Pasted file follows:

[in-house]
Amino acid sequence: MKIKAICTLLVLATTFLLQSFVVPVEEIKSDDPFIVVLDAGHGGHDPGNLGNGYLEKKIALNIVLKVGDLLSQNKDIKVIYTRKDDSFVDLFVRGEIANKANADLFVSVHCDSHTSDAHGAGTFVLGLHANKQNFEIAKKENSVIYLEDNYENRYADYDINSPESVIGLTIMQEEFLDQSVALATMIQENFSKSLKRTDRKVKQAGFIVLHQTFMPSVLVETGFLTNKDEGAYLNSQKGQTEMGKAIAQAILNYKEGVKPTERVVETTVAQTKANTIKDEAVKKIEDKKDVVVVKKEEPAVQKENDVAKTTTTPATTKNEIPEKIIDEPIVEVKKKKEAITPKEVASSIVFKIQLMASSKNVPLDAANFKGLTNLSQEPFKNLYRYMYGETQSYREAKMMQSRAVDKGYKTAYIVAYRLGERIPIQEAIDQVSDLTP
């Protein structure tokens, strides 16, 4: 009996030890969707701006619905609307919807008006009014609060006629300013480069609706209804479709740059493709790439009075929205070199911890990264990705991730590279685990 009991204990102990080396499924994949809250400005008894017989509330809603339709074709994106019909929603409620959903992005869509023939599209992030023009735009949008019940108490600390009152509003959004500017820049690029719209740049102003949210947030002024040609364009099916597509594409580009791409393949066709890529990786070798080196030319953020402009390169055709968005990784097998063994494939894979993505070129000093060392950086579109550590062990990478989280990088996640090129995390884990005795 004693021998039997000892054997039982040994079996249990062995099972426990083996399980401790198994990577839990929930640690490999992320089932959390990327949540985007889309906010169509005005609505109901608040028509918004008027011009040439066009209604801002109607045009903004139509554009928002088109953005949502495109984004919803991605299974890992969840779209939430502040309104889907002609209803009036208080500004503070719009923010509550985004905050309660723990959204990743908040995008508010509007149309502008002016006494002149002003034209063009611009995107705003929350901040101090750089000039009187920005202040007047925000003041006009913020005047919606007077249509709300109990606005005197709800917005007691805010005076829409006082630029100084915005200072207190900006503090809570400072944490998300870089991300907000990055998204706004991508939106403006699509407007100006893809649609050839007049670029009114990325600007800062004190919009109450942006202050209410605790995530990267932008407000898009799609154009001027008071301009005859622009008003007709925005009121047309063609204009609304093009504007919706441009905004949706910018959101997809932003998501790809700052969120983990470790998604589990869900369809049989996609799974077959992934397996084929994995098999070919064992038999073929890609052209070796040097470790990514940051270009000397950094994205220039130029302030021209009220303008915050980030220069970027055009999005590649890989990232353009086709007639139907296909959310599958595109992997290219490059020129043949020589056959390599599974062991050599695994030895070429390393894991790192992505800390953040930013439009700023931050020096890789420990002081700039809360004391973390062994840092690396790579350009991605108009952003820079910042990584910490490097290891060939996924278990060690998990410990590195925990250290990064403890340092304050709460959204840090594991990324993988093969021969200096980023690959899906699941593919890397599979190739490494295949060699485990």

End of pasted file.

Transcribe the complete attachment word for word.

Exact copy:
[in-house]
Amino acid sequence: MKIKAICTLLVLATTFLLQSFVVPVEEIKSDDPFIVVLDAGHGGHDPGNLGNGYLEKKIALNIVLKVGDLLSQNKDIKVIYTRKDDSFVDLFVRGEIANKANADLFVSVHCDSHTSDAHGAGTFVLGLHANKQNFEIAKKENSVIYLEDNYENRYADYDINSPESVIGLTIMQEEFLDQSVALATMIQENFSKSLKRTDRKVKQAGFIVLHQTFMPSVLVETGFLTNKDEGAYLNSQKGQTEMGKAIAQAILNYKEGVKPTERVVETTVAQTKANTIKDEAVKKIEDKKDVVVVKKEEPAVQKENDVAKTTTTPATTKNEIPEKIIDEPIVEVKKKKEAITPKEVASSIVFKIQLMASSKNVPLDAANFKGLTNLSQEPFKNLYRYMYGETQSYREAKMMQSRAVDKGYKTAYIVAYRLGERIPIQEAIDQVSDLTP
């Protein structure tokens, strides 16, 4: 009996030890969707701006619905609307919807008006009014609060006629300013480069609706209804479709740059493709790439009075929205070199911890990264990705991730590279685990 009991204990102990080396499924994949809250400005008894017989509330809603339709074709994106019909929603409620959903992005869509023939599209992030023009735009949008019940108490600390009152509003959004500017820049690029719209740049102003949210947030002024040609364009099916597509594409580009791409393949066709890529990786070798080196030319953020402009390169055709968005990784097998063994494939894979993505070129000093060392950086579109550590062990990478989280990088996640090129995390884990005795 004693021998039997000892054997039982040994079996249990062995099972426990083996399980401790198994990577839990929930640690490999992320089932959390990327949540985007889309906010169509005005609505109901608040028509918004008027011009040439066009209604801002109607045009903004139509554009928002088109953005949502495109984004919803991605299974890992969840779209939430502040309104889907002609209803009036208080500004503070719009923010509550985004905050309660723990959204990743908040995008508010509007149309502008002016006494002149002003034209063009611009995107705003929350901040101090750089000039009187920005202040007047925000003041006009913020005047919606007077249509709300109990606005005197709800917005007691805010005076829409006082630029100084915005200072207190900006503090809570400072944490998300870089991300907000990055998204706004991508939106403006699509407007100006893809649609050839007049670029009114990325600007800062004190919009109450942006202050209410605790995530990267932008407000898009799609154009001027008071301009005859622009008003007709925005009121047309063609204009609304093009504007919706441009905004949706910018959101997809932003998501790809700052969120983990470790998604589990869900369809049989996609799974077959992934397996084929994995098999070919064992038999073929890609052209070796040097470790990514940051270009000397950094994205220039130029302030021209009220303008915050980030220069970027055009999005590649890989990232353009086709007639139907296909959310599958595109992997290219490059020129043949020589056959390599599974062991050599695994030895070429390393894991790192992505800390953040930013439009700023931050020096890789420990002081700039809360004391973390062994840092690396790579350009991605108009952003820079910042990584910490490097290891060939996924278990060690998990410990590195925990250290990064403890340092304050709460959204840090594991990324993988093969021969200096980023690959899906699941593919890397599979190739490494295949060699485990």